FA Cup Round One
November 6 2010
If the League One campaign so far has seen an Albion team at full throttle, the cup competitions have seen Gus Poyet's men stalling. In the derided Johnstone's Paint Trophy, at the start of September, they even went into reverse gear, and remnants of that listless performance - losing 2-0 to Leyton Orient - resurfaced for the first time since with a limp, lumbering display in the first round of a competition worth giving far more creedence to.
No-one could have predicted it. In sweeping aside Peterborough and Charlton in successive away trips, Albion were magnificent, too brimming with swagger to be impeded by a Blue Square South side, no matter how spirited. Not so. Woking have had a mediocre start to the season, but their stout defending and hint of pace in attack were sufficient to stifle their hosts. Moses Ademola, a winger and striker whose only experience of league football came in a brief spell at Brentford which saw him loaned out to Welling United and his current club, only denied himself with a sluggish touch when a break from an Albion corner left two Woking forwards with the solitary figure of Lewis Dunk to beat. A youth team product, Dunk was unflappable on his debut against a far tamer class of opposition than he can expect if his prodigious career is to blossom, but Albion's problems were always to do with creativity and guile rather than any risk of the restored Peter Brezovan's goal being breached.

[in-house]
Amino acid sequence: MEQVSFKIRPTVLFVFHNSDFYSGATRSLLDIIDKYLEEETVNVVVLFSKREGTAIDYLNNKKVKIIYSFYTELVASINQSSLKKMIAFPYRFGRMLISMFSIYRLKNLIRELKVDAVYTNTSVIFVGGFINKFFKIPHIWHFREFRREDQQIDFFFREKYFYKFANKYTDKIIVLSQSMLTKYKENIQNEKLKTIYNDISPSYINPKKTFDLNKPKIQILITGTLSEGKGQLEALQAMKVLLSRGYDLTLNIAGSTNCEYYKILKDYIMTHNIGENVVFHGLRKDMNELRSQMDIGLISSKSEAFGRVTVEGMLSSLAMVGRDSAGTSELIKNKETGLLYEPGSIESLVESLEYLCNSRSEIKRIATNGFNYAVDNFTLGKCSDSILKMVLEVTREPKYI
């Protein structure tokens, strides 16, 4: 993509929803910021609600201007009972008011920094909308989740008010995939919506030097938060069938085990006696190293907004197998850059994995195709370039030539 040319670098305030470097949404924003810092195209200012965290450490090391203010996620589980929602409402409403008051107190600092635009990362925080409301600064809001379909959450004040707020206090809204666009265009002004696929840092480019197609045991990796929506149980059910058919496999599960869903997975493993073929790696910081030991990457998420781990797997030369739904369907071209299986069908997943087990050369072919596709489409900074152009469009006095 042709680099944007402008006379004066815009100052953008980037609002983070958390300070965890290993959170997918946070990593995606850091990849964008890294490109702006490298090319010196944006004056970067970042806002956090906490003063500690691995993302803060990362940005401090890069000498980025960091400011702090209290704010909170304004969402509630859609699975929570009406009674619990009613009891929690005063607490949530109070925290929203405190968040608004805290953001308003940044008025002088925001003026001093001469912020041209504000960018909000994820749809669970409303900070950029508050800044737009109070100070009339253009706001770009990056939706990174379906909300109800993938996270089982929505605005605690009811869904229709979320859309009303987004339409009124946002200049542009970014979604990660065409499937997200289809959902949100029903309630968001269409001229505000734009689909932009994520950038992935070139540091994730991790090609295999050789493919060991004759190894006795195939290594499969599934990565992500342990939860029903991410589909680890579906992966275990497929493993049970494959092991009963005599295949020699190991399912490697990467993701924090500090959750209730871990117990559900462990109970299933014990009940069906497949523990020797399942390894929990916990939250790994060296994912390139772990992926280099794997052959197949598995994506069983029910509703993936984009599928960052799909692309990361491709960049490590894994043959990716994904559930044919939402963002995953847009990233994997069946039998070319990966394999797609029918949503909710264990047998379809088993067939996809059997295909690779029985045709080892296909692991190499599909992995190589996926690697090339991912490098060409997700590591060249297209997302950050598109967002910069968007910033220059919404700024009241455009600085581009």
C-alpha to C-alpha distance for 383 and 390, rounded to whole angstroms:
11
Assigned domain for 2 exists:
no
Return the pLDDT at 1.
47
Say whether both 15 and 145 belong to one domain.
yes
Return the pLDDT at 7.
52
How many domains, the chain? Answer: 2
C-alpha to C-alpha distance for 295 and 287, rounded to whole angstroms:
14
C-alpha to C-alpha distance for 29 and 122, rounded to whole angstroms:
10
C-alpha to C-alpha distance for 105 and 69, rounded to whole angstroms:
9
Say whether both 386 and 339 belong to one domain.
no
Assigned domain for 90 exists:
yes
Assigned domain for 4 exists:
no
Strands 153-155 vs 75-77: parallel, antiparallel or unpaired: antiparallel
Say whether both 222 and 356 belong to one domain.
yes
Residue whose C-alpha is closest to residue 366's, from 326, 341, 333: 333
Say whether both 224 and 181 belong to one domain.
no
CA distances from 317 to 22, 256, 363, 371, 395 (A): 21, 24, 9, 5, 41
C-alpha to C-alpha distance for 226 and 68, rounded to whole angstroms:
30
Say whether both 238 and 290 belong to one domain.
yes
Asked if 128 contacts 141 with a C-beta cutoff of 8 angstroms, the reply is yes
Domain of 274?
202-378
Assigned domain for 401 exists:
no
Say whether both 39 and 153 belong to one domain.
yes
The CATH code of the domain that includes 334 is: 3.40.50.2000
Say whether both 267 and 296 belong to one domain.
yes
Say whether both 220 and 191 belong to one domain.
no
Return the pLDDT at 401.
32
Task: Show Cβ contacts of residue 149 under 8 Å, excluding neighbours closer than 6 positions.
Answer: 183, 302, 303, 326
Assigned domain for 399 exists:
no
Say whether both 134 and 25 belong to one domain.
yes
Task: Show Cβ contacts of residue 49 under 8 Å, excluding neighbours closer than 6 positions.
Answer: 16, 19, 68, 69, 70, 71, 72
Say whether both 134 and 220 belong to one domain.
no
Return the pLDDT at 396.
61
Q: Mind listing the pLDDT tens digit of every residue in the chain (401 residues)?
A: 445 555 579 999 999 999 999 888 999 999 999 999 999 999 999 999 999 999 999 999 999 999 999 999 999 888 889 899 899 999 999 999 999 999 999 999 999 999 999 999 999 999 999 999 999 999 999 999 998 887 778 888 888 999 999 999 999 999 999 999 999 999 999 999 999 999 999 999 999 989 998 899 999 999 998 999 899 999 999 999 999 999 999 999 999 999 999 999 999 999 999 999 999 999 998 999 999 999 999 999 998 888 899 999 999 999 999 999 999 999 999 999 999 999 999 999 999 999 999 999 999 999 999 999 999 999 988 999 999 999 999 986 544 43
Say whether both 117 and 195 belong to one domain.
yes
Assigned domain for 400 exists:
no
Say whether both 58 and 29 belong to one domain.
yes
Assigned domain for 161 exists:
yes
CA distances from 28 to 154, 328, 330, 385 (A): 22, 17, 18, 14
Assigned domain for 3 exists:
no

In his typically forthright post-match analysis, Poyet accused too many of his players of failing to make the correct decisions he has urged them to make in possession during his tenure. He was right. Gary Dicker and Matt Sparrow, who had provided the collective mechanism for Albion's tenacious probing at Peterborough last week, were wasteful in their choices to the point of recklessness. Liam Bridcutt, whose contract extension until the end of the season had been announced earlier in the day, looked as if his mind was already concerned with the end of the campaign, deployed at the base of a midfield diamond devoid of the width and speed afforded by the rested Kazenga LuaLua and Elliott Bennett, who watched on from the bench. At the top of the diamond, Cristian Baz earned a start after a threatening second-half appearance at London Road, but his fleet-footed trickery was never incisive enough to repeat that promise, reflected in his withdrawal shortly after halftime.
Backed by a relentlessly noisy away support complete with flares, Woking were never teased or posed enough problems to become flustered. As their belief grew, a sodden Withdean became ever gloomier. Marcos Painter's standing as Albion's most consistent first-half threat spoke volumes about their lack of penetration, and he swapped chances with fellow wing-back Inigo Calderon to send crosses over which Glenn Murray and Ashley Barnes did little with after the interval. Insipid early on, it felt inevitable that Albion would elevate their tempo to force a breakthrough, but the spark never arrived. Jamie Smith and Agustin Battipiedi arrived to foray and tussle on the edge of the box - usually when cutting inside from the left flank - but their conviction failed them at crucial moments, manifested in a handful of wayward shots.
Poyet may not care much for the distractions of a cup run, but no-one wanted a replay at Woking. The only saving grace at Kingfield Road would be the likely presence of television cameras, eager to see an upset Woking will only realise if the complacency which may have made Albion so flat becomes chronic in ten days' time. Albion's heightened urgency in the final five minutes was both overdue and unsuited to their style. Dunk shot wide, and goalkeeper Andy Little just about held on to several crosses in the final few minutes. As his decisions saved his side from an undeserved defeat, Albion's mean their contrary cup exploits go on.